I am reading Street Crossers by Rick Shrout. Chapter two is about Jason Evans who started something called Church at
Matthew’s House (or simply Matthew’s House). At the close of the chapter, Rick reflects on some of what Jason has to say:
I was blown away when Jason made the comment about being called to respond when he and his fellow brothers and sisters in arms see darkness at work in the city. He said they wanted “a piece of it” . . . a piece of the darkness. It’s their call to action . . . reminding me of the expression, “a piece of the action.” As individual followers of Christ and as members of local churches, what is your call to action? From where you live, can you see a specific piece of the darkness that threatens individuals and families in your local community? If so, can you identify the action needed in order to confront it? Just imagine if all of us went after a piece of it – a piece of the action – a piece of the darkness. Just how far reaching might our impact be in our neighborhoods, towns, and cities? But in order to get a piece of the action, it will require a trip across the street to see and understand the darkness at work in your city. This calls for people who are willing to go. Find those people and do all you can to help them in their crossing.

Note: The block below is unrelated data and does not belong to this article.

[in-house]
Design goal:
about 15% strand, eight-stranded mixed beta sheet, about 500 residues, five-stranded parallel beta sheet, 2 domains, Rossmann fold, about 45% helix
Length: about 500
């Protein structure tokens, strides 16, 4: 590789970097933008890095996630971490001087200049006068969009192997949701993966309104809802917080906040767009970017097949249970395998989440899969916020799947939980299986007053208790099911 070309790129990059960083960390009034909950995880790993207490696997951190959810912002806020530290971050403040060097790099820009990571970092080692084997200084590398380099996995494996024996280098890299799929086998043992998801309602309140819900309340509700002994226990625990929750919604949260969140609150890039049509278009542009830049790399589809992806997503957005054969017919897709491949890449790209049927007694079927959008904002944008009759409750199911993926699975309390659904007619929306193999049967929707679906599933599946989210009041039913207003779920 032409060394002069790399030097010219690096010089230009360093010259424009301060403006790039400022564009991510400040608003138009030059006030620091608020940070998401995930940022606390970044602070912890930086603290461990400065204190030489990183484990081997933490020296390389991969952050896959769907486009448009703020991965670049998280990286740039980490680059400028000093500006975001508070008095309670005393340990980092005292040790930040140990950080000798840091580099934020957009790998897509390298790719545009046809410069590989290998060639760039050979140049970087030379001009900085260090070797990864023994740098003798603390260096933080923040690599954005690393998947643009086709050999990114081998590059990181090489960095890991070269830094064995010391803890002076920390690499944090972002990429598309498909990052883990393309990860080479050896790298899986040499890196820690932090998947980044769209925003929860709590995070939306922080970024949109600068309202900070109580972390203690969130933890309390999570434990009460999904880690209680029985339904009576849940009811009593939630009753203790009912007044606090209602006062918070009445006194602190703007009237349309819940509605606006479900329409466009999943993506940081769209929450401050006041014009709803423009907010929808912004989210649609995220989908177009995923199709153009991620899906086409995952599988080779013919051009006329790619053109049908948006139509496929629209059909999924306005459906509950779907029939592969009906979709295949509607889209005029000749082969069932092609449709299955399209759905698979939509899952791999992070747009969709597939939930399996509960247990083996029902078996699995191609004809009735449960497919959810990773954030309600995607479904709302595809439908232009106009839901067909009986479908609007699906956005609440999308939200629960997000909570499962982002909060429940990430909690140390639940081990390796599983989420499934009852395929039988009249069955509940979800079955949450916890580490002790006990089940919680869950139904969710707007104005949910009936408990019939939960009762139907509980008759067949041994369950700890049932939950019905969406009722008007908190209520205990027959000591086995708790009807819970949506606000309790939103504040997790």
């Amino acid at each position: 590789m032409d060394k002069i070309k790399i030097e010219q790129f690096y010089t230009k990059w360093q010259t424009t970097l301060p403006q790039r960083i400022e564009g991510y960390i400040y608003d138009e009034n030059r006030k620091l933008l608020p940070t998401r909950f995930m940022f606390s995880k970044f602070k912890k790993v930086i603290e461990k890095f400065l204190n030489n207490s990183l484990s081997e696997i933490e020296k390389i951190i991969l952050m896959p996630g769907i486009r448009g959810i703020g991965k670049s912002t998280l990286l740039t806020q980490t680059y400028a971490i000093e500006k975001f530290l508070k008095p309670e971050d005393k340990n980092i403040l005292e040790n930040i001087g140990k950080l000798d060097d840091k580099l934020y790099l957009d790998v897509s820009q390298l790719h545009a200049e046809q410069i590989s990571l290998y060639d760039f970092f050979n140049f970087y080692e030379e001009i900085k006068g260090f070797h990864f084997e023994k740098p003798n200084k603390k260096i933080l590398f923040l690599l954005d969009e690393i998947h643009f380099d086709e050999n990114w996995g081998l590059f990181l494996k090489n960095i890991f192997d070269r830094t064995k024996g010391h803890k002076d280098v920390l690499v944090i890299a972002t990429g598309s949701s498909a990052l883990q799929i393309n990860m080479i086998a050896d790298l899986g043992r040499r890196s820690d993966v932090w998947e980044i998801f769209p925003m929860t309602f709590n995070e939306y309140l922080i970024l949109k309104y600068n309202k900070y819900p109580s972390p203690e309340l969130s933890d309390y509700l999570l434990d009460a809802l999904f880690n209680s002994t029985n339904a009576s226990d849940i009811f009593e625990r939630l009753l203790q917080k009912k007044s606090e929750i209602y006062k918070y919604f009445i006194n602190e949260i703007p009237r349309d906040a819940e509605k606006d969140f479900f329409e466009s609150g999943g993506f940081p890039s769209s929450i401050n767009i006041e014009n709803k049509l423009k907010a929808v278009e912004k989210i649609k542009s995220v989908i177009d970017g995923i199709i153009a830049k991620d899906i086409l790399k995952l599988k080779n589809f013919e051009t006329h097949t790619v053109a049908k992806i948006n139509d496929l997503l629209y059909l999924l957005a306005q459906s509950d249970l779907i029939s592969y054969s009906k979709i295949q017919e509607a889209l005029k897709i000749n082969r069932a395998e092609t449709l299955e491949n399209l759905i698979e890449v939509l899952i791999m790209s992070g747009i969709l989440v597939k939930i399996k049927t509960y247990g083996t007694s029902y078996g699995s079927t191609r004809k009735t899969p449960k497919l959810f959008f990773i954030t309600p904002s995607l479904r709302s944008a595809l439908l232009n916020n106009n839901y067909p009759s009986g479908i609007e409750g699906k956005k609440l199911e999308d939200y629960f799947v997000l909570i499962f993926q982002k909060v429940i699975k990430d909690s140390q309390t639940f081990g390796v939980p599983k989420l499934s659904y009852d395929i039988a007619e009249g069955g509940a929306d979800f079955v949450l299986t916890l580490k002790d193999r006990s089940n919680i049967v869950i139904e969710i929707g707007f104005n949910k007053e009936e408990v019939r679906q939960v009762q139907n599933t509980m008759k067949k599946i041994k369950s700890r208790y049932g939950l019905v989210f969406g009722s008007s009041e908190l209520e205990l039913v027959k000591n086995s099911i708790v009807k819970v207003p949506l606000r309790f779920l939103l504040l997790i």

Darkness cannot be overcome and displaced by light until light enters into darkened areas. So that’s why we need to be there – simply there – in the darkness. You might think you can stand on one side of the street and direct the beam of a high-powered flashlight into the darkness on the other side. But that’s ineffective. For one thing, darkness hides around corners and can only be exposed up close, by venturing around those corners with light in hand and heart. Furthermore, confronting darkness is not easy. It’s not as simple as identifying what’s wrong with the world and broadcasting that they all have to come over to your side of the street and get fixed. Few will hear the broadcast, and even fewer will listen. Even more telling is that this approach is impersonal, void of relationship and human contact. Then why do we tend to prefer this approach? Because it’s easy. The more difficult way requires following The Way – a way that leads to face-to-face, eyeball-to-eyeball relationships with people who might make us uncomfortable.
Rick’s reflection makes me think of Bruce Cockburn’s unforgettable words: “But nothing worth having comes without some kind of fight; Got to kick at the darkness ’til it bleeds daylight.”*
*”Lovers In A Dangerous Time,” Bruce Cockburn; September 1983. Toronto, Canada.